The other book was (to me) the most interesting. The Craft of the Blacksmith is a fairly detailed overview of the blacksmith's craft and traditional tools, along with a detailed record of the restoration of an original English smithy, Llawr-y-glyn, a Montgomeryshire smithy from the 1860's. The Llawr-y-glyn has been carefully restored and is now part of the "living history" portion of the Welsh Folk Museum, which is likely operated in a similar fashion to Virginia's Colonial Williamsburg. Many old photos, copies of business records and payment receipts, etc. Photos of some tools I had not seen in use, such as wheel iron bending and installation tools, etc. Intensely interesting reading to a newbie like me, especially since the wife and I visited England earlier this year, although I'm sorry to say we did not visit Llawr-y-glyn.

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Craft of the Blacksmith had caught my eye, but I wasn't sure if I wanted it or not. Based on your description, I've ordered a copy; thanks.

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Stopped by my steel supplier to check out the drop bin; grabbed a few chunks of 1/2” x 1-1/2” bar, just right for heavy-duty tongs. 

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There was LOTS of really cool stuff today. I could easily have dropped several hundred bucks without blinking. 

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The last component I've been searching for to call my shop some sort of "base level" complete was a real leg vise. I've been searching for a while but now I have it.

16.5 kg (36 pounds) and 80 cm long (31 inches). I will clean it some, coat it in BLO and then build a stand.

Also some chisels and punches that I will repurpose.

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Congratulations.  Good feeling to have an "official" blacksmith's vise, for sure.  I don't consider myself a "real" blacksmith yet, but I'll sure feel as if I'm on my way when I get a decent sized anvil and get my forge up and running.  Happy for you.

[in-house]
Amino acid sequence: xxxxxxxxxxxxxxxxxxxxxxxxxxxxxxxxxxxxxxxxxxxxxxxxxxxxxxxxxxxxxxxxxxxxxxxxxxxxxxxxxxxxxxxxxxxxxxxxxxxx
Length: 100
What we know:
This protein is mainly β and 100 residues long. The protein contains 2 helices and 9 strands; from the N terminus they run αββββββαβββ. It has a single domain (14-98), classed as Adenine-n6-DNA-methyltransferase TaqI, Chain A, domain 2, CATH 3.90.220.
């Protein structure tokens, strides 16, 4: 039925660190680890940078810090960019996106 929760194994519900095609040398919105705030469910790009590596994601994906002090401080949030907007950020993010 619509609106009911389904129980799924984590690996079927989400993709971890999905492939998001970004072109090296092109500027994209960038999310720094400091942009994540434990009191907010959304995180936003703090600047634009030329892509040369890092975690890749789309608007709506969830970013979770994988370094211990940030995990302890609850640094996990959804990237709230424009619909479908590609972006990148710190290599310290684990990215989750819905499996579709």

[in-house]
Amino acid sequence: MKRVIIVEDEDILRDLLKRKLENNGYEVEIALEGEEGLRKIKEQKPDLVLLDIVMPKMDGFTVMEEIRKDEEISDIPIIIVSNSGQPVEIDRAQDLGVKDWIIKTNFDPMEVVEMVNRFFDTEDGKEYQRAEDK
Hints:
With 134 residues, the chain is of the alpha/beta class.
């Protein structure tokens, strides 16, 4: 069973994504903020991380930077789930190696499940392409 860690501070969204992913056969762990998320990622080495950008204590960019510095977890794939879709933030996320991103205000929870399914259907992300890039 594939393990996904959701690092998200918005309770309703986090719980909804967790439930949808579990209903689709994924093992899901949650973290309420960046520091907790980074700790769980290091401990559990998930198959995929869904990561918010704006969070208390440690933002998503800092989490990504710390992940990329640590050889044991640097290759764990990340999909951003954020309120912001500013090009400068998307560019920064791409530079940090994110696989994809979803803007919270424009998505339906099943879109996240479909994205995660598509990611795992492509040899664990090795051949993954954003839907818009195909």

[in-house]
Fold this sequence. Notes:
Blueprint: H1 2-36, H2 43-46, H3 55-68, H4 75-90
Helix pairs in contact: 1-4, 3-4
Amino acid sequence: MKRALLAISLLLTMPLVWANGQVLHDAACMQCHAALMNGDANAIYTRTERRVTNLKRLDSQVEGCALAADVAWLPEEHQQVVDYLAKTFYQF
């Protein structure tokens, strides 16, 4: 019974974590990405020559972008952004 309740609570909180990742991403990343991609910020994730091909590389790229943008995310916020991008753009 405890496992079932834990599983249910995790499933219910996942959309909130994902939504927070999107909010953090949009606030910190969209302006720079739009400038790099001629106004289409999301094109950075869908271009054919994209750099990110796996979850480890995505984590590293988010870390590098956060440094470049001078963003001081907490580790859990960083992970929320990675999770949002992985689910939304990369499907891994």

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SmedjaSlitvarg, interesting vise mount. Does it allow for the vise to be swiveled perpendicular to the workbench?

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19 hours ago, Chris The Curious said:

Congratulations.  Good feeling to have an "official" blacksmith's vise, for sure.  I don't consider myself a "real" blacksmith yet, but I'll sure feel as if I'm on my way when I get a decent sized anvil and get my forge up and running.  Happy for you.

Thanks! I don't really call myself a blacksmith yet either. I'm someone learning to be a blacksmith :) 

28 minutes ago, BIGGUNDOCTOR said:

SmedjaSlitvarg, interesting vise mount. Does it allow for the vise to be swiveled perpendicular to the workbench?

I didn't think of that, but you are right. The bolt in the back that locks it only has one position, but it should possible to release it and turn it.

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Got 2 of these today. I know it is anthracite and not ideal, but that is what i mostly use becuase that is what is available locally. Mostly though the price was right. $6 for 2, 40# bags. Cant beat that with a stick.

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Nope you sure can't. Personally I like anthracite for everything but welding maybe. I have been trying to get the local TSC to carry it again without much luck. In the last few years every retailer within an hour or so drive has quit stocking it due to lack of demand so it's charcoal or corn for me.

Pnut

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Billy, if you can take a field trip to southwestern Pa, with a pickup truck or something to haul, I can get you loaded up with some good bituminous coal this fall. (He's only open fall through spring.) 

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This little beauty jumped in my truck this afternoon. 

Threads are in great condition (to my eye), screw box is looking okay. A little bent. Jaws are good. Everything came apart with no issues (except the thrust washer on the screw box, the slot has been shrunken/bent, but the washer moves freely). 

Overall very pleased and excited to start cleaning with the wire wheel. 

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Cheers, 

Zach